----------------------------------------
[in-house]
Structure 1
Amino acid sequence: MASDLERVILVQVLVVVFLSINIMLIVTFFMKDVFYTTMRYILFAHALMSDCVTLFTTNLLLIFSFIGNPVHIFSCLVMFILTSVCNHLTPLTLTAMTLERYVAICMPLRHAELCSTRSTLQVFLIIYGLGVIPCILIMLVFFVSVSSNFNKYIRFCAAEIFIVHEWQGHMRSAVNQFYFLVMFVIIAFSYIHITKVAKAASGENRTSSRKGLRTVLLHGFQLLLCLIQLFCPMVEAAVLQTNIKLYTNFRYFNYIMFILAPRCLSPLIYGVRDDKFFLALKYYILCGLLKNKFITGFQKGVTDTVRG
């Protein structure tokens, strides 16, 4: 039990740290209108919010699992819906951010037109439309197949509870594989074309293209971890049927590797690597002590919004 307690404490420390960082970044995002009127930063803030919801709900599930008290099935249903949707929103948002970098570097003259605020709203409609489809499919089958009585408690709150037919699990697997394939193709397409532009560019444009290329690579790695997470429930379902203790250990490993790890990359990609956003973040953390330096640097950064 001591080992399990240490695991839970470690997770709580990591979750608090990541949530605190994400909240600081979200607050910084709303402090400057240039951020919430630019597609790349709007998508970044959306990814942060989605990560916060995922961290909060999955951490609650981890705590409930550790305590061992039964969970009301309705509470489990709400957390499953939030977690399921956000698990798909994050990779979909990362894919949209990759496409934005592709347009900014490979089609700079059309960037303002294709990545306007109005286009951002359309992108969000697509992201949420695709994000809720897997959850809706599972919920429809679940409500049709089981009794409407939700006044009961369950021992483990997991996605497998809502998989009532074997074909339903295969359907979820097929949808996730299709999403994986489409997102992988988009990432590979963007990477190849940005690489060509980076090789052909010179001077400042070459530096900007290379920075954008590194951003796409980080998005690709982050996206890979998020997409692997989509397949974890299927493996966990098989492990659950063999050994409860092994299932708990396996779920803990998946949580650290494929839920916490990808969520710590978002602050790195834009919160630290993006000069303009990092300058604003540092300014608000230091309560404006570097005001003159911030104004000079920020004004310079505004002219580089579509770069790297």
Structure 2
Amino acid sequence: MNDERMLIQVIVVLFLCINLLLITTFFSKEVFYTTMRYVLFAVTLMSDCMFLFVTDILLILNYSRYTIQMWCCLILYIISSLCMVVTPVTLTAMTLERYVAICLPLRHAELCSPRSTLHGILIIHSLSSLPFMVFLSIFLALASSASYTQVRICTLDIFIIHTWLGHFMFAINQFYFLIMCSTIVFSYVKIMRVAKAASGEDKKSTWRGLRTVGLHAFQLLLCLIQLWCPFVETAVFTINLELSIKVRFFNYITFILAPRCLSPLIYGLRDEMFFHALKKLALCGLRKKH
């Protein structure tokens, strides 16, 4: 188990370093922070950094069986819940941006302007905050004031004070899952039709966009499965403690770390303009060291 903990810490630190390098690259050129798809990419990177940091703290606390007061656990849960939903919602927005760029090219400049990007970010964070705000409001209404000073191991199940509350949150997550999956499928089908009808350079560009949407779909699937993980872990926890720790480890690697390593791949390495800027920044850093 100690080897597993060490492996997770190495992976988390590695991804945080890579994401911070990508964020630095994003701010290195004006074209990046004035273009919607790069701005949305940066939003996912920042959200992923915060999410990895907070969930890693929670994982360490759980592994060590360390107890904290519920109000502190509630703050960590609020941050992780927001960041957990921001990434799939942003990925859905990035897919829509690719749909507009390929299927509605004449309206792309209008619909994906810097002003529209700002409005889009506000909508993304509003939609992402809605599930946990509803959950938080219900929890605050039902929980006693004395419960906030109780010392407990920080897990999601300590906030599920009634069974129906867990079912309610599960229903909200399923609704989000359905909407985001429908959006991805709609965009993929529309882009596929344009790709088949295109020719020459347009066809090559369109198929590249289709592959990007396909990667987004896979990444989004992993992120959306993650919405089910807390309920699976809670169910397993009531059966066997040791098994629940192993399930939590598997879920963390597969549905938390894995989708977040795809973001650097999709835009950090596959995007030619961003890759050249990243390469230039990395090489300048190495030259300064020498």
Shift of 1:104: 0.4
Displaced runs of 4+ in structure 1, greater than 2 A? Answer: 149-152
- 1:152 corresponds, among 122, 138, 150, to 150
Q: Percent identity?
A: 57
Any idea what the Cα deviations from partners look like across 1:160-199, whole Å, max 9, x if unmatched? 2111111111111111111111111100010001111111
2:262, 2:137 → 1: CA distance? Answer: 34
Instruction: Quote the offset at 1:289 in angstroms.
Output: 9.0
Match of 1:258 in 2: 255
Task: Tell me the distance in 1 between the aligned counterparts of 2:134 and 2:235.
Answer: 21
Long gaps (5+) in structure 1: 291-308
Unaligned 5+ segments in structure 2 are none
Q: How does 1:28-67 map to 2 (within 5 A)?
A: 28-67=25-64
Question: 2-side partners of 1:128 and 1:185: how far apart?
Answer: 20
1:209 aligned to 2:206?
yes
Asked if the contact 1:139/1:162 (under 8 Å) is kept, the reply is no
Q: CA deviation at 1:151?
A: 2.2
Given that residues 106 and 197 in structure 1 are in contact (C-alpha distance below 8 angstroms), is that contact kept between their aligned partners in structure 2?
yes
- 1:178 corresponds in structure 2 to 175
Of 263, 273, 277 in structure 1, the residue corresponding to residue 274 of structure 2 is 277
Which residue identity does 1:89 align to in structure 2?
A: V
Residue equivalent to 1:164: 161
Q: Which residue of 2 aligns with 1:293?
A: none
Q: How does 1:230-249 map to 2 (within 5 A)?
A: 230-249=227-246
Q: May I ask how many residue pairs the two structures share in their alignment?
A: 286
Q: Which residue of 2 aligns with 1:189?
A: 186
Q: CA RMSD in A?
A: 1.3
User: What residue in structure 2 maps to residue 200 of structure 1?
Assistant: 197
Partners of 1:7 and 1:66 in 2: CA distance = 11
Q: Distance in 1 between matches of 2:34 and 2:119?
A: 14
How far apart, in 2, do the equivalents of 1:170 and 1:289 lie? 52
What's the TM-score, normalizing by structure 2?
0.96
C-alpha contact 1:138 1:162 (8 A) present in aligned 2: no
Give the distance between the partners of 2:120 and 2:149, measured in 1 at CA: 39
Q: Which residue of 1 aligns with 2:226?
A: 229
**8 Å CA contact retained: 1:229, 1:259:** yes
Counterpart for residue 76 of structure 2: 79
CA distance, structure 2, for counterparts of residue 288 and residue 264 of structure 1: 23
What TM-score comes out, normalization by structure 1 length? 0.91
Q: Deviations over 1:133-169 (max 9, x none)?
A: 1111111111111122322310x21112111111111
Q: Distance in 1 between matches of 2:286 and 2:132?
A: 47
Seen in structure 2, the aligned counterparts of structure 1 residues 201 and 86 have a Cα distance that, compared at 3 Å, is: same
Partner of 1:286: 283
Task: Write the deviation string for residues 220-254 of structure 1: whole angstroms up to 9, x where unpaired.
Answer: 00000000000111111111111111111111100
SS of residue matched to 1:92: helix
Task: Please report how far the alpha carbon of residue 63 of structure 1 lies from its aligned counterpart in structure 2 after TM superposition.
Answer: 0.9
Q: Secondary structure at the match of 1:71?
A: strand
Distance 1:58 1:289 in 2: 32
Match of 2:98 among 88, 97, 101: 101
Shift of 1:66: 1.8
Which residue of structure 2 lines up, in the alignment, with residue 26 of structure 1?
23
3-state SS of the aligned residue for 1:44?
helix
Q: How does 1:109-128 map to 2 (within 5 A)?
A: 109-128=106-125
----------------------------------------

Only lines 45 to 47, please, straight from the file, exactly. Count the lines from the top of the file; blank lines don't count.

A: 186
Q: CA RMSD in A?
A: 1.3